Backup Strategy for Multiple Computers

Discussion in 'backup, imaging & disk mgmt' started by hackzaw, Jan 18, 2014.

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  1. hackzaw

    hackzaw Registered Member

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    Hello,

    Looking for an overall backup strategy. Allow me to detail my computers and corresponding equipment.

    Computer #1 (5 years old)
    - currently main computer, but soon to transition to secondary use computer
    - use the computer for everyday stuff, but also as PVR for media
    - Windows 7 OS
    - C: drive - 1T - 80% full
    - W: drive - 2T - 95% full

    Computer #2 - Brand new
    - To be main computer once setup (PVR, media, etc)
    - Windows 8.1 OS
    - C: drive SSD - 240 GB
    - Three (3X) internal 3 T drives (not yet used) - Call them X: Y: and Z:

    External Western Digital 4 TB My Book

    I NEED a backup strategy for both computers as I currently don't have anything backed up aside from burning about 50% of my family photos to CD.

    I've looked at Acronis, Macrium, AX64, Paragon, IFW...

    Can you please detail a good backup strategy for me. There's so much choice, and to a newb in the backup world, I don't really know where to start. After reading here about AX64, I was going to go with that but then I read it doesn't totally play nice with Windows 8.1. I was going to also use Macrium Reflect Free in addition to AX64, but I also want to backup specific files/folders in addition to the OS, with all the recovery options typical of backup software.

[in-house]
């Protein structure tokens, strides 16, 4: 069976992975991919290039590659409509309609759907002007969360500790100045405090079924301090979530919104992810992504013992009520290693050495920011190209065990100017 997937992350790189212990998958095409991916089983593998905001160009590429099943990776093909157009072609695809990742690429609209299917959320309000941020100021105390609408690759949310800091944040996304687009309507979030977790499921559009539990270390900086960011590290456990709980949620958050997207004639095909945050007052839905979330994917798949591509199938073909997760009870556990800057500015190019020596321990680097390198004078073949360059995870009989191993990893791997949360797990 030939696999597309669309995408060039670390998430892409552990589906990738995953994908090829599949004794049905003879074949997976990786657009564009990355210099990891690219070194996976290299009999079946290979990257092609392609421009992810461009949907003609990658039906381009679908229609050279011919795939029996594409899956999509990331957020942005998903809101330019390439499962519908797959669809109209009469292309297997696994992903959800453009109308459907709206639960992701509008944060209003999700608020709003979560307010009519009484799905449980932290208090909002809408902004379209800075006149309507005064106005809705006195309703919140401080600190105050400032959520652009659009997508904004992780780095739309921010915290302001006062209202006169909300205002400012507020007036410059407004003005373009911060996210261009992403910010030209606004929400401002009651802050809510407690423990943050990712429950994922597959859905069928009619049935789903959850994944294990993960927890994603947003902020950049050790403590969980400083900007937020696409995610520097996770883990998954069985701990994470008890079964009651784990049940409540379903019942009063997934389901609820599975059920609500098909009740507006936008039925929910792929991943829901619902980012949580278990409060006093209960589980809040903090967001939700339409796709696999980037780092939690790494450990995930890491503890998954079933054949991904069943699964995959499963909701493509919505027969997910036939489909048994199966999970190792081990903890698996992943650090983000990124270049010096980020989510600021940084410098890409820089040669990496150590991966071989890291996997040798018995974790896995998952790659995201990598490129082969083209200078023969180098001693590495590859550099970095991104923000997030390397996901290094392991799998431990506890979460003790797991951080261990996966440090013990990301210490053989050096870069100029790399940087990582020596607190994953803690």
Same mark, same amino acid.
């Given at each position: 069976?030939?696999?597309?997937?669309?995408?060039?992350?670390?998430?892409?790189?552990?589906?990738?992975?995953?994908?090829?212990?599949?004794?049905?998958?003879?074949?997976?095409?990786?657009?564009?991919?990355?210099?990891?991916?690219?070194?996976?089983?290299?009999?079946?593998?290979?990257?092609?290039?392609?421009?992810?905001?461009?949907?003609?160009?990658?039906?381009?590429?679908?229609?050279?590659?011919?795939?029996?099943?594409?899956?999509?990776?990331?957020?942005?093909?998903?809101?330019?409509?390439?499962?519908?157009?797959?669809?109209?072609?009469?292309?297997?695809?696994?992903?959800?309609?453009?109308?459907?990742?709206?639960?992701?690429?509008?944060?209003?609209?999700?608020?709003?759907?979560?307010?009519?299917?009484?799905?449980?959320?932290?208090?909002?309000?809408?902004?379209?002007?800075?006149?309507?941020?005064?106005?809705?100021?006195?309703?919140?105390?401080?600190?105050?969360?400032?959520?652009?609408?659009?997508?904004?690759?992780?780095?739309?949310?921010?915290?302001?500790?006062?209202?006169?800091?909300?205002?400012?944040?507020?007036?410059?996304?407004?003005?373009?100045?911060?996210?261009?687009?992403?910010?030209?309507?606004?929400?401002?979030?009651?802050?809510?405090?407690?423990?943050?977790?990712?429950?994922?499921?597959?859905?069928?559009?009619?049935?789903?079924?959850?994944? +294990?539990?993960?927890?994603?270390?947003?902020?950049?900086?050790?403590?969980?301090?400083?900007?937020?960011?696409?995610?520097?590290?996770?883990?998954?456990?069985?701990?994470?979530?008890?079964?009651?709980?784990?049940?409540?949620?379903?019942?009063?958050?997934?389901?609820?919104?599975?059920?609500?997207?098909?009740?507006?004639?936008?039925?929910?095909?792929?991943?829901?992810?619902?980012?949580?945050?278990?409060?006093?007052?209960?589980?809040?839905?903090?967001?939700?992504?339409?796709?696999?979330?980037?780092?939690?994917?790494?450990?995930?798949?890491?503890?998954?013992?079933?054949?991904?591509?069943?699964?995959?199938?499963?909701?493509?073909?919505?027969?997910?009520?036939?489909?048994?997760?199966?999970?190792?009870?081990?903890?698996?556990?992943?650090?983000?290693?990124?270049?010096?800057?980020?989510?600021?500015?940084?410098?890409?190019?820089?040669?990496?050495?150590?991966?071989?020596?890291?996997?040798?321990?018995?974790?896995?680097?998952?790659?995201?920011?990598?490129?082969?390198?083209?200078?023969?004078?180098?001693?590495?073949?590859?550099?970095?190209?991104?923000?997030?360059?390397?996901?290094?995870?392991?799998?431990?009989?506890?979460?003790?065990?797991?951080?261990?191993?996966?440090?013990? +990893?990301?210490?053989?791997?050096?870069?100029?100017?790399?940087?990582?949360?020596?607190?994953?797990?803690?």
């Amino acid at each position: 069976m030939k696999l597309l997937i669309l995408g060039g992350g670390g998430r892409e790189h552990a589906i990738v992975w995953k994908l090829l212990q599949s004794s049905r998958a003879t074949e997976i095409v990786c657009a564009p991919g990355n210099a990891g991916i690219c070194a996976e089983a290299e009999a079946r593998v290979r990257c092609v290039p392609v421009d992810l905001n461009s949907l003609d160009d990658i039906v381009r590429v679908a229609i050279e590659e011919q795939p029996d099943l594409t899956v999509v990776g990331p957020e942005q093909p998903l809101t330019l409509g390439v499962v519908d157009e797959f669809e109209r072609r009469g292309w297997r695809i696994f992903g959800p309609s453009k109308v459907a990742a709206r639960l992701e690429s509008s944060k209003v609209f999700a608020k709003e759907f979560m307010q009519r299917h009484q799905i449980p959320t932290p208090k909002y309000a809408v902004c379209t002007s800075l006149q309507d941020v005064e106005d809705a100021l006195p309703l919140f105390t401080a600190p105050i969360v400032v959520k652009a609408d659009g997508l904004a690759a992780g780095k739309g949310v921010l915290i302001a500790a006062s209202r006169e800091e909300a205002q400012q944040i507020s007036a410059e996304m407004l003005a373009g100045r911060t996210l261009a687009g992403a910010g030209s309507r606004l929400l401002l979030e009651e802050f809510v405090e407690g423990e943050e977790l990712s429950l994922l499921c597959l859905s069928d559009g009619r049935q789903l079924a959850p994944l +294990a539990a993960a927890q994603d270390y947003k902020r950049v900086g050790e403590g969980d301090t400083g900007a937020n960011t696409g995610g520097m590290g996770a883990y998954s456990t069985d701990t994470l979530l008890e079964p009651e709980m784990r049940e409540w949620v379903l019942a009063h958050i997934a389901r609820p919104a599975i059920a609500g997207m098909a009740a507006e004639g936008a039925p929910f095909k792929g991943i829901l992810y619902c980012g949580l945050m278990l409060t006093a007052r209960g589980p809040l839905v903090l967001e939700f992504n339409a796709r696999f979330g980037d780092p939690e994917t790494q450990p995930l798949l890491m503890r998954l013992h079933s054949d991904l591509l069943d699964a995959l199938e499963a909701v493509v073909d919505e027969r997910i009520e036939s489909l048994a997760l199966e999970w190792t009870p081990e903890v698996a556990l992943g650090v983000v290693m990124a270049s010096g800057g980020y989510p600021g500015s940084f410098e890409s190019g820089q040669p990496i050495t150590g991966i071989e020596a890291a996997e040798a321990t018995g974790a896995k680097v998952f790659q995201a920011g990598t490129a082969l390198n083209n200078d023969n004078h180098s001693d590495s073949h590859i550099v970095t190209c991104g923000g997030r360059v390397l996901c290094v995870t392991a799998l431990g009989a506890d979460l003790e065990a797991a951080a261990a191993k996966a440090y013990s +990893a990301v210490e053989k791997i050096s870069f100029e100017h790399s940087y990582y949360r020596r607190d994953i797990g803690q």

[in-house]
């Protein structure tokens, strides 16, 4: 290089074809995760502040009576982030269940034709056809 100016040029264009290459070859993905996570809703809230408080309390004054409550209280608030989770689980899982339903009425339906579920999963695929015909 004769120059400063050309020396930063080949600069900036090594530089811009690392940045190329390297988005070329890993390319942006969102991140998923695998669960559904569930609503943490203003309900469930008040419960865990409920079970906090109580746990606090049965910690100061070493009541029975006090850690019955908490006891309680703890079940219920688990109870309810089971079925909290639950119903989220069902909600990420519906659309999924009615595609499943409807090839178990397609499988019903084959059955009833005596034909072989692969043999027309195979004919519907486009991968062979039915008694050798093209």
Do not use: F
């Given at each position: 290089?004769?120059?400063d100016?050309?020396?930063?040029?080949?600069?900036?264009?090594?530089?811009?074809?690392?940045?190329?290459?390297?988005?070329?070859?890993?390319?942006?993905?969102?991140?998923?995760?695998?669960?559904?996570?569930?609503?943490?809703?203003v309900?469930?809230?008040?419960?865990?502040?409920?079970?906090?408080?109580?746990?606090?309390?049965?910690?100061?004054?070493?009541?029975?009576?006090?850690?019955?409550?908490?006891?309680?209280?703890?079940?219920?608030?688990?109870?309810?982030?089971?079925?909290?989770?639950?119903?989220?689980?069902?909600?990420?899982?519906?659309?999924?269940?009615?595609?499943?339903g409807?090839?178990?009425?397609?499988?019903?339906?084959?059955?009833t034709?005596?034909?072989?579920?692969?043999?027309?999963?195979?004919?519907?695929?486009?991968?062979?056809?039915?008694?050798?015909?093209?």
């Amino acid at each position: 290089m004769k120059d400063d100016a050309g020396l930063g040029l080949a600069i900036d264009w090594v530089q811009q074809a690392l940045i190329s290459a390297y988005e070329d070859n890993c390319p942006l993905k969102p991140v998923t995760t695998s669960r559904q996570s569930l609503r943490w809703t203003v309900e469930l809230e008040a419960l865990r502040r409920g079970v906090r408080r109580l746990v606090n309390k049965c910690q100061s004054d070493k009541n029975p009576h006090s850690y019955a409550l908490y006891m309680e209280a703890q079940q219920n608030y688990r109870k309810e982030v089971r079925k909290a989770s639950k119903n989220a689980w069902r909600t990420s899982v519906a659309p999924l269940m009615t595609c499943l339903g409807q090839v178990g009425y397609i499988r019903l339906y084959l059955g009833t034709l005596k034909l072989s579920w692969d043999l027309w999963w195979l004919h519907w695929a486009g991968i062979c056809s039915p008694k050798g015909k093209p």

Thanks in advance for your advice and terrific knowloedge base.
    Hackzaw
     
  2. Brian K

    Brian K Imaging Specialist

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    hackzaw,

    Expect 100 different approaches.

    I believe in separating data files from OS files. My Win8.1 partition is 60 GB and it's less than half full. My data partition contains about 1 TB of files.

    I image Win8.1 with IFW. A backup image takes 2 minutes.

    I backup my data partition with Second Copy 8. A sync backup when there is little to copy takes 7 seconds.

    All the above is automatic. No manual input needed.

    Quoting Dan Goodell....

    You need to cover the above possibilities.
    .
    .
    .
     
    Last edited: Jan 18, 2014
  3. MrBrian

    MrBrian Registered Member

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  4. MisterB

    MisterB Registered Member

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    It actually looks by your drive setup that you already have some separation of data and system and you have lots of volumes to backup the system drives. The 1tb system drive being almost full is the biggest bottleneck. If you get everything off of it that is not system or software, the PVR video it looks like mainly, your 4tb drive should be more than enough for system images and even the built in Windows imaging program will be sufficient to start. The new computer is much easier because you don't have much data on it yet and the system image will be relatively small, much less than the 240gb drive. Backing up your 2tb drive--I assume it is mostly PVR files you want to back up--is just a matter of copying the files to another drive. You can image or clone the whole drive to another drive as well. Most of the imaging programs can do this and that includes the Aomei and Easus free programs as well as the ones in mentioned in your post.